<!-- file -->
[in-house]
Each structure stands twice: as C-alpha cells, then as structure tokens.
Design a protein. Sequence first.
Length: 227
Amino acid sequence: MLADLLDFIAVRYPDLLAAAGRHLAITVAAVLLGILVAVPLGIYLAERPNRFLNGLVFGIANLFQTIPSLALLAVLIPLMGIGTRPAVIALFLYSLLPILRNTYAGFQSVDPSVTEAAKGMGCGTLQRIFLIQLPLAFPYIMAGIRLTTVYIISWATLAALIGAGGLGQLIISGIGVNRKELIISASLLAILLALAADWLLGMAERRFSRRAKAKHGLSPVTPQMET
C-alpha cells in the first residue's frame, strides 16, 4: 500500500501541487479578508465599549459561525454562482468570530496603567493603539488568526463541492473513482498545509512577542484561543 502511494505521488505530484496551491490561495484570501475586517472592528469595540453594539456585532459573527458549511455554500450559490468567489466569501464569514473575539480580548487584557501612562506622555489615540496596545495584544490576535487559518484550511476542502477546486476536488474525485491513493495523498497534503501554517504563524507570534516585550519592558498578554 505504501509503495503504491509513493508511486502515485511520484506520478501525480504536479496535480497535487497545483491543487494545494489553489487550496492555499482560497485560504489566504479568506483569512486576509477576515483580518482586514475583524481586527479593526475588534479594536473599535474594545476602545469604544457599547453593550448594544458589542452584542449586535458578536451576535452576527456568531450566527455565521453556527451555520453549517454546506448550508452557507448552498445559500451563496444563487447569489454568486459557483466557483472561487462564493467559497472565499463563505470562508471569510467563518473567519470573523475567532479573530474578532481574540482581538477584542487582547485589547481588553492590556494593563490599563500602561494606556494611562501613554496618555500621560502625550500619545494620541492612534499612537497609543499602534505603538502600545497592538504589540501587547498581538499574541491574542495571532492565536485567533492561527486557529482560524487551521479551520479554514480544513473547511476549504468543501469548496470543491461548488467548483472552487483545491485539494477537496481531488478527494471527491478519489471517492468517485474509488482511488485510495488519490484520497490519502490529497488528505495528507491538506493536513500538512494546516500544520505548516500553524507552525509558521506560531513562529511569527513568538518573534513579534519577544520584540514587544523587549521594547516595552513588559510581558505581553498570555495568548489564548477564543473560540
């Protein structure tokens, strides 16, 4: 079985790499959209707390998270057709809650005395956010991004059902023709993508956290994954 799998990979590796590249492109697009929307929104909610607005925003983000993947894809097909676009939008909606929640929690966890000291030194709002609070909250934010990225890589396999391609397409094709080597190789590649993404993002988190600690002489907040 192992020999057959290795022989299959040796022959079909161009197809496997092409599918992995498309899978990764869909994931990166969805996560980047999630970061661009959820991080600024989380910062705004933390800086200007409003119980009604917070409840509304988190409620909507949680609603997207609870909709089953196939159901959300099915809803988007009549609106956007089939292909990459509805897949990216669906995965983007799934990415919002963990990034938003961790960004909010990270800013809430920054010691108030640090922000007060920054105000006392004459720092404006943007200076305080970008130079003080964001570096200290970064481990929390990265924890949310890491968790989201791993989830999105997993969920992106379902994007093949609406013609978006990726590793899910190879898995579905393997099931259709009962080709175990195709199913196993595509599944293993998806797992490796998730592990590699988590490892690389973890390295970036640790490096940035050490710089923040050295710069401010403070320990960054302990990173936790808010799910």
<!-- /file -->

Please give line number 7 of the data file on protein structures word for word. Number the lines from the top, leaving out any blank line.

């Protein structure tokens, strides 16, 4: 079985790499959209707390998270057709809650005395956010991004059902023709993508956290994954 799998990979590796590249492109697009929307929104909610607005925003983000993947894809097909676009939008909606929640929690966890000291030194709002609070909250934010990225890589396999391609397409094709080597190789590649993404993002988190600690002489907040 192992020999057959290795022989299959040796022959079909161009197809496997092409599918992995498309899978990764869909994931990166969805996560980047999630970061661009959820991080600024989380910062705004933390800086200007409003119980009604917070409840509304988190409620909507949680609603997207609870909709089953196939159901959300099915809803988007009549609106956007089939292909990459509805897949990216669906995965983007799934990415919002963990990034938003961790960004909010990270800013809430920054010691108030640090922000007060920054105000006392004459720092404006943007200076305080970008130079003080964001570096200290970064481990929390990265924890949310890491968790989201791993989830999105997993969920992106379902994007093949609406013609978006990726590793899910190879898995579905393997099931259709009962080709175990195709199913196993595509599944293993998806797992490796998730592990590699988590490892690389973890390295970036640790490096940035050490710089923040050295710069401010403070320990960054302990990173936790808010799910």